Catharsis and reconciliation in memoir form

Vancouver-based Lindsay Wong’s debut memoir explores her childhood as a Chinese Canadian, as well as her family’s history of mental illness and intergenerational trauma. In the process of the book, Wong discovers catharsis, personal growth, and a heightened understanding of her family, and the nature of mental illness as a whole.

[Writing the book] helped me understand my mother and my grandmother and all the things that had faced them in the past,” says Wong. “They would talk about their childhood and that made me sympathize with them. They have suffered so much but didn’t have the tools necessarily to talk to a therapist, so that’s how intergenerational trauma is passed on.”

Wong will be discussing the darkly comedic memoir The Woo-Woo: How I Survived Ice Hockey, Drug Raids, Demons, and My Crazy Chinese Family with fellow memoirist JJ Lee at the 2019 North Shore Writers Festival, held at The North Vancouver District Public Library, on Apr. 6.

The necessity of storytelling

Wong reveals a complex relationship with writing. Just as her family and other Chinese Canadians struggled to find a home within the mainstream cultural narrative of Canadian society, it also took her many years to get her story published. Publishers has told her it was too niche, not universal enough. In spite of this Wong persevered, and, before she knew it, her memoir was nominated for the Hilary Weston Writers’ Trust Prize for Nonfiction before its release in October 2018.

“I always tell people, writing for me is not [about having] fun. I have a cavity and have to get rid of it, especially as a memoir,” Wong explains. “When I set my sight on something, I have to have that. I will do whatever it takes. That’s just my personality, but also writing, it’s an obsession. I was telling someone the other day, ‘I have to write,’ it’s just not an option. I’m miserable when I’m writing, and I’m really miserable when I’m not writing.”

Acceptance and perseverance

Lindsay Wong | Photo courtesy of Lindsay Wong

As with many stories and experiences there are silver linings to be found. Since Wong grew up in a tumultuous home environment where the prevalence of paranoia and rage would escalate to the point of becoming the norm, the criticism that she experienced as a writer was significantly less daunting. Having to take piano and join the hockey team also instilled in her a sense of discipline and commitment.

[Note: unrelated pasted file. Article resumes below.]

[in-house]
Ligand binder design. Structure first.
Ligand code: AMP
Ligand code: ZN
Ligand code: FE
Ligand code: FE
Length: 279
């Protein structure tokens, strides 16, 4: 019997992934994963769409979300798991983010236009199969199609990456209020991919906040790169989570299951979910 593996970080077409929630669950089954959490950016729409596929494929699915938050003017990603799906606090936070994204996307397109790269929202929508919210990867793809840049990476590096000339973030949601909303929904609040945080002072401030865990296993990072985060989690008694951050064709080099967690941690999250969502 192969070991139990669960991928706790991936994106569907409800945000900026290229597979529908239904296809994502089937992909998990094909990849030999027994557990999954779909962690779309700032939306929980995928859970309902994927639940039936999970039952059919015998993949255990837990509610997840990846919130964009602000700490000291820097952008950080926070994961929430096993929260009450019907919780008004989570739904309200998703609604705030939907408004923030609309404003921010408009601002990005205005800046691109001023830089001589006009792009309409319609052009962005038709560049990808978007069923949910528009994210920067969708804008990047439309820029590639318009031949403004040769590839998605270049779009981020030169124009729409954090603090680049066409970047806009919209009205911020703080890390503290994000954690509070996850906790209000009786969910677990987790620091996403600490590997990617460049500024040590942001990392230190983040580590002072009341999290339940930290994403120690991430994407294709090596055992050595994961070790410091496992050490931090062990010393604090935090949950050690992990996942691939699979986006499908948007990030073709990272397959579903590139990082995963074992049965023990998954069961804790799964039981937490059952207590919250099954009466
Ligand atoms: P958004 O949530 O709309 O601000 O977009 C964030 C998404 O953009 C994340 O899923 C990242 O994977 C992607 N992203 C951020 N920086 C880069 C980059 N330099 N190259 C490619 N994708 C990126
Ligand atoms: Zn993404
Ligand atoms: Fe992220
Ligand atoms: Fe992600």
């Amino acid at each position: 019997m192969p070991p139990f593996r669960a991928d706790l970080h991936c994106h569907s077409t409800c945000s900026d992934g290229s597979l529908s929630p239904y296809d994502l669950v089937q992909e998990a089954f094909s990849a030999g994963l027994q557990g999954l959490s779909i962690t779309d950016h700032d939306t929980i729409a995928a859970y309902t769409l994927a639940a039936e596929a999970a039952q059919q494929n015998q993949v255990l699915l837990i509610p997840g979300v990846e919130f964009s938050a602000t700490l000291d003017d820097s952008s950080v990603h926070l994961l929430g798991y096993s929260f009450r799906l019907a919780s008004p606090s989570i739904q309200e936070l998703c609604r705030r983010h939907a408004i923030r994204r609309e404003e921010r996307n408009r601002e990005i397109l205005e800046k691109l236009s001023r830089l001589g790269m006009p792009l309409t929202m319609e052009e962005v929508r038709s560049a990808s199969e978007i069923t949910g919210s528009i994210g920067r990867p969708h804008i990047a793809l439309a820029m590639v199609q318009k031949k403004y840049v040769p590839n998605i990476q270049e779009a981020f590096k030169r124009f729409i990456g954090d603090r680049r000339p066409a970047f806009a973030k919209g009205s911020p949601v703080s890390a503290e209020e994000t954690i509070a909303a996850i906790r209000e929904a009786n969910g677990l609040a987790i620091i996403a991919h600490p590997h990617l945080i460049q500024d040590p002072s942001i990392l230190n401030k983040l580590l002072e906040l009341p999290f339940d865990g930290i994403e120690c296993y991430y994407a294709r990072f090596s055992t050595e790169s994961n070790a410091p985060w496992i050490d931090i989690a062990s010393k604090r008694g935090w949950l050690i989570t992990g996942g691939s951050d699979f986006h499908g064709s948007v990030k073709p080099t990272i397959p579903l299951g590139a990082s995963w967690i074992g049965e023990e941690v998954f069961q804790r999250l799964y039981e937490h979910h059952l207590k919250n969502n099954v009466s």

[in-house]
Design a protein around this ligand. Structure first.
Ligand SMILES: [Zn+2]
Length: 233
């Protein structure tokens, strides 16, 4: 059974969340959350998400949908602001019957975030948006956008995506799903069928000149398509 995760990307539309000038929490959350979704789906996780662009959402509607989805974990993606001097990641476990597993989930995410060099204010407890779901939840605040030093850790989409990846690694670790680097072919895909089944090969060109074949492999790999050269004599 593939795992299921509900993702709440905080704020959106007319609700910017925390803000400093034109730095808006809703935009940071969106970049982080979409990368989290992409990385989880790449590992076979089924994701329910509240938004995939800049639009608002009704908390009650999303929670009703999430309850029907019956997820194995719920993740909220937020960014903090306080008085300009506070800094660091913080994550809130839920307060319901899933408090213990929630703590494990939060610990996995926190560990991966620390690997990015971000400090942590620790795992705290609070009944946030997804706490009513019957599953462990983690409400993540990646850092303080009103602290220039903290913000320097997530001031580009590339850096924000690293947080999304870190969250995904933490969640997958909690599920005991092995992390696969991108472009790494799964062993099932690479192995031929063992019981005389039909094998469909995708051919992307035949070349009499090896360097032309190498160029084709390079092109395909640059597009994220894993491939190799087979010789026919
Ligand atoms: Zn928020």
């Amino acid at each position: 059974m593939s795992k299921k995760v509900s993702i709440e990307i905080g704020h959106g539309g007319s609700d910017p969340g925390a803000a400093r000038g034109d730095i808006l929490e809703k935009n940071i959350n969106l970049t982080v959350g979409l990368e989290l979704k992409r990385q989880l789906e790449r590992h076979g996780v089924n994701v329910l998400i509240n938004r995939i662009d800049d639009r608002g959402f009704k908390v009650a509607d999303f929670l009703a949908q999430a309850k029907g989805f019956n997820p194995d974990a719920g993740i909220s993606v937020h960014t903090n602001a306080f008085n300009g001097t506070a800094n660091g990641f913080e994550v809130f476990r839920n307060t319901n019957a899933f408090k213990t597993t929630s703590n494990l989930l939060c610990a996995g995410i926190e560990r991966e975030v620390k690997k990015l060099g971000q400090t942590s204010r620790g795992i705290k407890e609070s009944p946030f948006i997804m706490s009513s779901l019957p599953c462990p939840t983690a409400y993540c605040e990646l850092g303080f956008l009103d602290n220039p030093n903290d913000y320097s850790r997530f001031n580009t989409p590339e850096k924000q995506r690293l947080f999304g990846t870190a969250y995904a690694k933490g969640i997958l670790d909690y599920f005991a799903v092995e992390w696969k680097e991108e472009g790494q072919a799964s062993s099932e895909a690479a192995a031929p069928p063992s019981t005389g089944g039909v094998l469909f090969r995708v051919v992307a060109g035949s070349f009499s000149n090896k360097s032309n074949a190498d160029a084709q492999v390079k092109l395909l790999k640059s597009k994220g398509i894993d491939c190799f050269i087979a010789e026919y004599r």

“I think hockey [especially] teaches a person discipline,” she says. “You have to wake up early, there’s a target and you know the only way it counts is if you actually hit the puck in the net, and that’s what life is in some ways for me, so that has really taught me determination. But in terms of family, I developed a really thick skin. So whatever someone said to me, it just bounced off. Sure, sometimes it hurt, but it just taught me you have to keep going. And I think in writing that’s really important. I’ve always felt that if I want something I can [either] get better at it, or not listen [to criticism]”.

In spite of an illness, vertigo, Wong was able to not only complete her memoir during her stay in New York City, but also her MFA in Literary Nonfiction at Columbia University as well.

Understanding Family and Mental Illness

Aware of the unavoidable “narcissism” that often comes with writing a memoir, Wong dedicates her memoir to herself in jest, but also wishes to make clear that she has also dedicated it to “anyone who’s ever felt like an outsider.”

“I think that’s a larger part of being a part of two cultures,” reflects Wong. “You’re not quite Canadian; you’re not quite Chinese, right. This was my first time back in Hong Kong. I look like everyone there; I’m the same height and can fit all the same clothes. But at the same time my thinking and the way I talk is so different. I can understand a little bit of Cantonese, but I can’t fully articulate myself either. So it was like [I was] a foreigner but [I didn’t] belong there.”

While Wong’s ultimate goal was to simply finish the memoir, she admits she had no expectations about whether or not it would be well received. The most valuable outcome of the process was not so much its literary success, but the way it has both helped her better understand her family’s history of mental illness and the lives it has touched along the way.

“It helped me understand my mother and grandmother and all the things that had faced them in the past,” she says.

Wong has already begun her first fictional young adult novel, The Summer I learned Chinese, which is set to debut in 2020 through Simon Pulse publishing.

For more information on her appearance at the 2019 North Shore Writers Festival, please visit